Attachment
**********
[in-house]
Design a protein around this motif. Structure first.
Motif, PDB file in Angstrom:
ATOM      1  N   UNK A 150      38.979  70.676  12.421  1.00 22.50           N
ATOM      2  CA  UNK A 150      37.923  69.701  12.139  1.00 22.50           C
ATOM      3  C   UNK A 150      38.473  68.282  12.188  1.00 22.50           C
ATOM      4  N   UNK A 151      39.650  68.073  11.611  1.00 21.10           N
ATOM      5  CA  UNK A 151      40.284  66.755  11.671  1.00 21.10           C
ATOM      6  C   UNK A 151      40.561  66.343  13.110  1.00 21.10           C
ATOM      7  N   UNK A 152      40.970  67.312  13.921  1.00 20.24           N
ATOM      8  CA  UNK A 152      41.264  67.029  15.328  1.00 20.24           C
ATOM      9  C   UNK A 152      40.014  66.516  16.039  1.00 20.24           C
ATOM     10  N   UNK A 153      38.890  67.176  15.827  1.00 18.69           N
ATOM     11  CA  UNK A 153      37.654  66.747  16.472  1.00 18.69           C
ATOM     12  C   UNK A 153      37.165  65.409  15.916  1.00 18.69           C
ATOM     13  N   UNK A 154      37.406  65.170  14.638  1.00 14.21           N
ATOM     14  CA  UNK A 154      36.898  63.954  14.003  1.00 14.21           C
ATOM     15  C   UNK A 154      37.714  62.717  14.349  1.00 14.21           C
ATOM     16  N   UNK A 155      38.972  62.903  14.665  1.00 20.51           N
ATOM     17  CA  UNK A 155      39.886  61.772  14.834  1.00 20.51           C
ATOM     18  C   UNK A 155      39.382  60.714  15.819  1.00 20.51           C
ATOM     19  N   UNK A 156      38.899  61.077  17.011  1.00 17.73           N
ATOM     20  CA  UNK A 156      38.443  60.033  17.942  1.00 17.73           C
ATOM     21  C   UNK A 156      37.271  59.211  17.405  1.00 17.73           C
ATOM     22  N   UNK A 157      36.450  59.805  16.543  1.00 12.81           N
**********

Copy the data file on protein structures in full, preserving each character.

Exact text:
[in-house]
Design a protein around this motif. Structure first.
Motif, PDB file in Angstrom:
ATOM      1  N   UNK A 150      38.979  70.676  12.421  1.00 22.50           N
ATOM      2  CA  UNK A 150      37.923  69.701  12.139  1.00 22.50           C
ATOM      3  C   UNK A 150      38.473  68.282  12.188  1.00 22.50           C
ATOM      4  N   UNK A 151      39.650  68.073  11.611  1.00 21.10           N
ATOM      5  CA  UNK A 151      40.284  66.755  11.671  1.00 21.10           C
ATOM      6  C   UNK A 151      40.561  66.343  13.110  1.00 21.10           C
ATOM      7  N   UNK A 152      40.970  67.312  13.921  1.00 20.24           N
ATOM      8  CA  UNK A 152      41.264  67.029  15.328  1.00 20.24           C
ATOM      9  C   UNK A 152      40.014  66.516  16.039  1.00 20.24           C
ATOM     10  N   UNK A 153      38.890  67.176  15.827  1.00 18.69           N
ATOM     11  CA  UNK A 153      37.654  66.747  16.472  1.00 18.69           C
ATOM     12  C   UNK A 153      37.165  65.409  15.916  1.00 18.69           C
ATOM     13  N   UNK A 154      37.406  65.170  14.638  1.00 14.21           N
ATOM     14  CA  UNK A 154      36.898  63.954  14.003  1.00 14.21           C
ATOM     15  C   UNK A 154      37.714  62.717  14.349  1.00 14.21           C
ATOM     16  N   UNK A 155      38.972  62.903  14.665  1.00 20.51           N
ATOM     17  CA  UNK A 155      39.886  61.772  14.834  1.00 20.51           C
ATOM     18  C   UNK A 155      39.382  60.714  15.819  1.00 20.51           C
ATOM     19  N   UNK A 156      38.899  61.077  17.011  1.00 17.73           N
ATOM     20  CA  UNK A 156      38.443  60.033  17.942  1.00 17.73           C
ATOM     21  C   UNK A 156      37.271  59.211  17.405  1.00 17.73           C
ATOM     22  N   UNK A 157      36.450  59.805  16.543  1.00 12.81           N